Released: 2013, Vox Inferni Press
Reviewer: Metal-Rules.com UK Team
Lamia Culta are a occult Black Metal outfit who formed in 2004 whose sound focuses upon atmospheric compositions of Neo Classical beauty shrouded in dark ambient and majestic passages. Whilst their earlier endeavours fitted the bill for a female fronted symphonic metal band, Fosco Culto began working solo on the follow up with a vision of refining everything with a more emotional and darker package.
Without deliberation, the record offers up exactly what it states, with a chanting led intro of ‘Retap Retson’ which foreshadows the organ led symphony of ‘Into The Night’. Whilst retaining a strong bleak sounding backbone, the track disperses into a harp led fragility that gives the record a strong sense of allure.
However, it’s not until the third track ‘Dwelling in the Darkness’ where the blurry vague images sharpen as the female vocals and bleak metal shrieks intercept into the delicate melodies. The juxtaposition of these two vocal forces corrode surprisingly well within the production and compliment each other flawlessly.
The album’s title track ‘A Woman Scarred’ carries these aforementioned qualities forward as the classical dynamics serve as an undercurrent to this theatrical scale piece of music that builds upon a climactic variation of sounds.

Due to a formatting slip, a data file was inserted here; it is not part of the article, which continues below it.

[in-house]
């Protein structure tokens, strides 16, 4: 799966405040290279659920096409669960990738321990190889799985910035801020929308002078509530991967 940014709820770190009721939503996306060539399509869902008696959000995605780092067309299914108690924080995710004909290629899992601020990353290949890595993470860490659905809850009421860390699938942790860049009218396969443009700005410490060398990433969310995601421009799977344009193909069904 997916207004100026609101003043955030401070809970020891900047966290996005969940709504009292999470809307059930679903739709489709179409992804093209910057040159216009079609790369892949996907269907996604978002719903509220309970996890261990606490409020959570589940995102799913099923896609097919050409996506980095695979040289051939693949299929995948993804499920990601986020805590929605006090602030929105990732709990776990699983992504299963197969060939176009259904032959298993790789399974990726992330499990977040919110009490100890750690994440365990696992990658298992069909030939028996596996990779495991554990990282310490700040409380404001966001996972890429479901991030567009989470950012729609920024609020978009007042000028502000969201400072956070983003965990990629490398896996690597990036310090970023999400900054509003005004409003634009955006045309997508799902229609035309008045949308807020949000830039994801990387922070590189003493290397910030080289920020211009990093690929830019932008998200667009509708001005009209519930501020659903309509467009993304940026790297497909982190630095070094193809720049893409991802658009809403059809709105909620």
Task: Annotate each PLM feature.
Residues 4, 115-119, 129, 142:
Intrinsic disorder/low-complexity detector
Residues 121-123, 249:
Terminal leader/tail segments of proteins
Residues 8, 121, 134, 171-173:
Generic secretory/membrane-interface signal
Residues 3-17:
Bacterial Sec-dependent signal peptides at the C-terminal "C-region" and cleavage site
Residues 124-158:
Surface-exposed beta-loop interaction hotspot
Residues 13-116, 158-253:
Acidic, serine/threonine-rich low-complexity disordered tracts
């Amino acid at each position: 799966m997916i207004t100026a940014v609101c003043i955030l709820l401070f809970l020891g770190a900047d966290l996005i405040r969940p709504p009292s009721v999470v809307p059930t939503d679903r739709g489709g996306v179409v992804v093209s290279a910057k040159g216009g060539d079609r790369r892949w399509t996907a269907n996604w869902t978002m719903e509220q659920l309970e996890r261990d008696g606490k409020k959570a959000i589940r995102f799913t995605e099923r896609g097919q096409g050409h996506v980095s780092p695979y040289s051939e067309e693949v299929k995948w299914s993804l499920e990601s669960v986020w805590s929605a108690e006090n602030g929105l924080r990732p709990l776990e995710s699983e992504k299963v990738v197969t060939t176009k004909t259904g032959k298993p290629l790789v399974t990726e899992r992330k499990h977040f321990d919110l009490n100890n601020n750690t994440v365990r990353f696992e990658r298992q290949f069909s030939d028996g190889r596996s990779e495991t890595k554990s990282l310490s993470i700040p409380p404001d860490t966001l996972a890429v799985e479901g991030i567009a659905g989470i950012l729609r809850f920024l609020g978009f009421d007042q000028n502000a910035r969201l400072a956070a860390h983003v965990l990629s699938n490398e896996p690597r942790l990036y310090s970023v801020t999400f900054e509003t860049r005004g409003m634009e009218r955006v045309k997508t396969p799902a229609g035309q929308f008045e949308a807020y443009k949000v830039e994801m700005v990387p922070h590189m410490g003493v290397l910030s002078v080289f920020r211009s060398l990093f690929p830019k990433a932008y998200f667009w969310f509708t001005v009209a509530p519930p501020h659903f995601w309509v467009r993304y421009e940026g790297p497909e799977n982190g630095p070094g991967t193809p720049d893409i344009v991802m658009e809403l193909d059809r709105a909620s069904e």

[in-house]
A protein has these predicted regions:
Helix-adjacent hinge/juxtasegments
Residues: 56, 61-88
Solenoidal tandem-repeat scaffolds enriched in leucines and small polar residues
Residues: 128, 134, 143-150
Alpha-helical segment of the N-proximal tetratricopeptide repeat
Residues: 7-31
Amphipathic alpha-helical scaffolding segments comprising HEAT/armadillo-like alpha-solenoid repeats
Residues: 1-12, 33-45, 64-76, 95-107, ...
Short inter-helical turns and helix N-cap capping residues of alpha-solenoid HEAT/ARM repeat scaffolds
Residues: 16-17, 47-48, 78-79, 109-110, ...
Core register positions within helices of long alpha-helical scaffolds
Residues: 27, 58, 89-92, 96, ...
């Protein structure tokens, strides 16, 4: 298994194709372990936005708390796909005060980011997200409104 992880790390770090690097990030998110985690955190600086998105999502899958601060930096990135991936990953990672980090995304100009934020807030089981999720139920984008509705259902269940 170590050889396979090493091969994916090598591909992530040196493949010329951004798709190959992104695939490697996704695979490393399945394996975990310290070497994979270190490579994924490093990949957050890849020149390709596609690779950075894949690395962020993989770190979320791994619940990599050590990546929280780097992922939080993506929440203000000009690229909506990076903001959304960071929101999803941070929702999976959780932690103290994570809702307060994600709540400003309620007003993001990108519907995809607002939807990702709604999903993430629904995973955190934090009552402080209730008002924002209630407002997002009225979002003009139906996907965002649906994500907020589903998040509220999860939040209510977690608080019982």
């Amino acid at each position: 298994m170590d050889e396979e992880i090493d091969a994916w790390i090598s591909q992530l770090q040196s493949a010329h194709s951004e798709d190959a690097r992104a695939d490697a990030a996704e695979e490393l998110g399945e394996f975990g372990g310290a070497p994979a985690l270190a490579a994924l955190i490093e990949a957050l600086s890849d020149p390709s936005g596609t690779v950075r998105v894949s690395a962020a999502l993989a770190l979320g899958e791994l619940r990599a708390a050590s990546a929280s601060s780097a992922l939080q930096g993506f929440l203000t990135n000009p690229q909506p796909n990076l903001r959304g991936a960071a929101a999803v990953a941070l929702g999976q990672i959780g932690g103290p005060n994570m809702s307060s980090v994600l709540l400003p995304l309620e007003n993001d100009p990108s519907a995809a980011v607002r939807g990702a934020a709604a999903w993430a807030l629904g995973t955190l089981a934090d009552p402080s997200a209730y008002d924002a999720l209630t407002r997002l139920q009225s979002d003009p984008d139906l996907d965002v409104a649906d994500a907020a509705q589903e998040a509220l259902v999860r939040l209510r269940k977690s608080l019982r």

The catastrophic wake of ’She Wolf’ hooks you in and makes this one the records highest points. The gruelling vocals and classical tapestries really capture everything this band are about and is definitely a good starting point for anyone to soak up if they haven’t heard of the band before. The dense sounding guitar riffs are also a welcomed addition that add an extra layer of intensity to the atmosphere.
Meanwhile, ‘Gloomy Sunday’ unravels with a stronger focus towards the female vocals and drifts effortlessly by like a shadow cast from dark clouds above.
Closing off with, ‘There I Shall Dwell’ the acoustic intro sweeps across the infernal shrieks and opaque instrumentation that scales throughout, attaining a visual led crescendo where desolation prevails.
Overall, this was an interesting spin from a style that is by no means new to the world of metal. Many bands have tried and tested this approach to vocal transitioning to an extensive degree. However, never before have I known it to sound so rich and entrancing in its manifestation than what is divulged on this record. The sheer level of beauty and clashes between dark and light not only burn bright but can also plunge you into an abyss of despair making this both an emotive and cinematic experience. The record does lose some momentum at certain junctures with some needless instrumentals thrown in, which seem to serve as nothing more than padding the record out for the purpose of attaining the length of a whole album.
This is definitely not music for the faint hearted, but for those looking to drench their ears in something darker with both depth and scope and in that regard listeners will not be disappointed with what this album has to offer.
Review by Ben Spencer